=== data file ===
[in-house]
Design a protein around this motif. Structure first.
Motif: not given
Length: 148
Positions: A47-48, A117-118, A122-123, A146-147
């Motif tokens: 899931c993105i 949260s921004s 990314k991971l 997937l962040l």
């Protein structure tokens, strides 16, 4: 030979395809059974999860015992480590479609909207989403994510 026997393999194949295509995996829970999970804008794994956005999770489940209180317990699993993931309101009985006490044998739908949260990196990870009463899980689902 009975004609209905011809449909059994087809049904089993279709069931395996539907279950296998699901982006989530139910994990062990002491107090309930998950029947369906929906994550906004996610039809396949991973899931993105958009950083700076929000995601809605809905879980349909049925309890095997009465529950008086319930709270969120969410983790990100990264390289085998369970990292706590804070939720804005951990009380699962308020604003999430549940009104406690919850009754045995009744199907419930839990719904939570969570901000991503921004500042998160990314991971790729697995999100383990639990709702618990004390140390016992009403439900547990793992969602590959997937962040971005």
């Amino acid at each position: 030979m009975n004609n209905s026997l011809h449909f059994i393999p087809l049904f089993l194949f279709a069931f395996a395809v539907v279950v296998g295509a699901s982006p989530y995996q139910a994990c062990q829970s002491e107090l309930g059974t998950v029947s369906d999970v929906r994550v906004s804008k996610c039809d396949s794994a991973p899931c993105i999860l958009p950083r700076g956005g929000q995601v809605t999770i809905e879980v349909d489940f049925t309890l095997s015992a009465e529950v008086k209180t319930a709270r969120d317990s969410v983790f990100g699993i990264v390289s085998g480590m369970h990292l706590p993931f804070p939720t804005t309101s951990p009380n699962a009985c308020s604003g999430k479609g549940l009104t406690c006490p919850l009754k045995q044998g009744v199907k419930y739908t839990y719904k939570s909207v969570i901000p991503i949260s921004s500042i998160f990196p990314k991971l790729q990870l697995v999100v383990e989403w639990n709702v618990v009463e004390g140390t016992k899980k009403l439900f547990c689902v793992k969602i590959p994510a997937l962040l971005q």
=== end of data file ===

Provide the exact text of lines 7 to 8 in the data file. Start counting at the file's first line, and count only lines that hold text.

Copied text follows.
């Protein structure tokens, strides 16, 4: 030979395809059974999860015992480590479609909207989403994510 026997393999194949295509995996829970999970804008794994956005999770489940209180317990699993993931309101009985006490044998739908949260990196990870009463899980689902 009975004609209905011809449909059994087809049904089993279709069931395996539907279950296998699901982006989530139910994990062990002491107090309930998950029947369906929906994550906004996610039809396949991973899931993105958009950083700076929000995601809605809905879980349909049925309890095997009465529950008086319930709270969120969410983790990100990264390289085998369970990292706590804070939720804005951990009380699962308020604003999430549940009104406690919850009754045995009744199907419930839990719904939570969570901000991503921004500042998160990314991971790729697995999100383990639990709702618990004390140390016992009403439900547990793992969602590959997937962040971005």
């Amino acid at each position: 030979m009975n004609n209905s026997l011809h449909f059994i393999p087809l049904f089993l194949f279709a069931f395996a395809v539907v279950v296998g295509a699901s982006p989530y995996q139910a994990c062990q829970s002491e107090l309930g059974t998950v029947s369906d999970v929906r994550v906004s804008k996610c039809d396949s794994a991973p899931c993105i999860l958009p950083r700076g956005g929000q995601v809605t999770i809905e879980v349909d489940f049925t309890l095997s015992a009465e529950v008086k209180t319930a709270r969120d317990s969410v983790f990100g699993i990264v390289s085998g480590m369970h990292l706590p993931f804070p939720t804005t309101s951990p009380n699962a009985c308020s604003g999430k479609g549940l009104t406690c006490p919850l009754k045995q044998g009744v199907k419930y739908t839990y719904k939570s909207v969570i901000p991503i949260s921004s500042i998160f990196p990314k991971l790729q990870l697995v999100v383990e989403w639990n709702v618990v009463e004390g140390t016992k899980k009403l439900f547990c689902v793992k969602i590959p994510a997937l962040l971005q």